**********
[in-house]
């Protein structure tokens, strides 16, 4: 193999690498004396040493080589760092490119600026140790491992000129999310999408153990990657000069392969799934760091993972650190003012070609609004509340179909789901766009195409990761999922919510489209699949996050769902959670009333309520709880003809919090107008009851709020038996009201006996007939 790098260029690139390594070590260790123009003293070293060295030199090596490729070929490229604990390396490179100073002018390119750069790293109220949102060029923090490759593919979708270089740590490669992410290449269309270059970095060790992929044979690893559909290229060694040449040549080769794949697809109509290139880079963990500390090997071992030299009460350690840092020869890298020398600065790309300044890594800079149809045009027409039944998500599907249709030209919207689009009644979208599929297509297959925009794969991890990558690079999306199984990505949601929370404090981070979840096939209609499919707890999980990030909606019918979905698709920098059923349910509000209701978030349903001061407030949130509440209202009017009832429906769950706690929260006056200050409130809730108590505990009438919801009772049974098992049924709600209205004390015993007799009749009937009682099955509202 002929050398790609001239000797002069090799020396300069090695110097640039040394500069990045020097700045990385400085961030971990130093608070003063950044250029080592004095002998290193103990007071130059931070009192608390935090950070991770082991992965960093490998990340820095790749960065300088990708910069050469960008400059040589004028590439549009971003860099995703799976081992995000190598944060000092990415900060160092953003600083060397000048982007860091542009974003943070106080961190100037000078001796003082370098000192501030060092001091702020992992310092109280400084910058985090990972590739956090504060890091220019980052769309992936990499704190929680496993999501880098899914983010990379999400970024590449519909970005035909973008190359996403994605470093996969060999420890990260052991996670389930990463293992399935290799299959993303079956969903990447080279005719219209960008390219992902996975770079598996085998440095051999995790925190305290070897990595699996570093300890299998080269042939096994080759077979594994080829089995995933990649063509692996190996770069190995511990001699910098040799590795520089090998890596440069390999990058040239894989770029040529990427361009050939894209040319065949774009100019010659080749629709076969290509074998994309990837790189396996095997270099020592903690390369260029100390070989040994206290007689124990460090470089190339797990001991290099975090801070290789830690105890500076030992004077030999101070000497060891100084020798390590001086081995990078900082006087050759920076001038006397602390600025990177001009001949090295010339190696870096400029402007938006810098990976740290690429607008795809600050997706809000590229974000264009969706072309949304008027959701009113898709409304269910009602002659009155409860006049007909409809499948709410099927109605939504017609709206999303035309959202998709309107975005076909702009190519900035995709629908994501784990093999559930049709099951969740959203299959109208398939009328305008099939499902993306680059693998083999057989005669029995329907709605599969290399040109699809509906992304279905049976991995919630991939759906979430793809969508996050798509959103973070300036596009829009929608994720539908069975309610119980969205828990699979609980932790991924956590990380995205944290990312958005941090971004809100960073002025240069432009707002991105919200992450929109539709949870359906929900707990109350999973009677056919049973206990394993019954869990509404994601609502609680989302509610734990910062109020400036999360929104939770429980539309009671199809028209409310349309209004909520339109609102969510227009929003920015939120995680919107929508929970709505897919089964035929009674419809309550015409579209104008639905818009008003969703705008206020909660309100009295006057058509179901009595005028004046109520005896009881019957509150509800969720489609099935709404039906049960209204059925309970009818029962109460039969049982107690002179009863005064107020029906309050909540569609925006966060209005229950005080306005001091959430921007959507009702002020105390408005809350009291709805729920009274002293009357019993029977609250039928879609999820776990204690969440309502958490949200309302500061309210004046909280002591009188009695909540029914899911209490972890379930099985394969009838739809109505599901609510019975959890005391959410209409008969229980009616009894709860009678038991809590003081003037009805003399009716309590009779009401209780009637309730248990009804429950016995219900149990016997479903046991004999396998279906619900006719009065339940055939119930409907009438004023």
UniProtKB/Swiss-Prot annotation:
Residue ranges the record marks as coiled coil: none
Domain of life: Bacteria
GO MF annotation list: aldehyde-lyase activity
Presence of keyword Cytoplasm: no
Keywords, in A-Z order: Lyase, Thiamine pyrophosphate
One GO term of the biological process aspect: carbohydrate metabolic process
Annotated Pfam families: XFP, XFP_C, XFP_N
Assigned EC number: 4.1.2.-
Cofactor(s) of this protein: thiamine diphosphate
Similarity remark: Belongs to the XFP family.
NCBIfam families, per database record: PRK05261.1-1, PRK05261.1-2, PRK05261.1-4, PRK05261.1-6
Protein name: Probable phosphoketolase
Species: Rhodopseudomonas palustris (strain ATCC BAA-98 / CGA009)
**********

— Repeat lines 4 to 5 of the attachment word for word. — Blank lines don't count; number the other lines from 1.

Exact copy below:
Residue ranges the record marks as coiled coil: none
Domain of life: Bacteria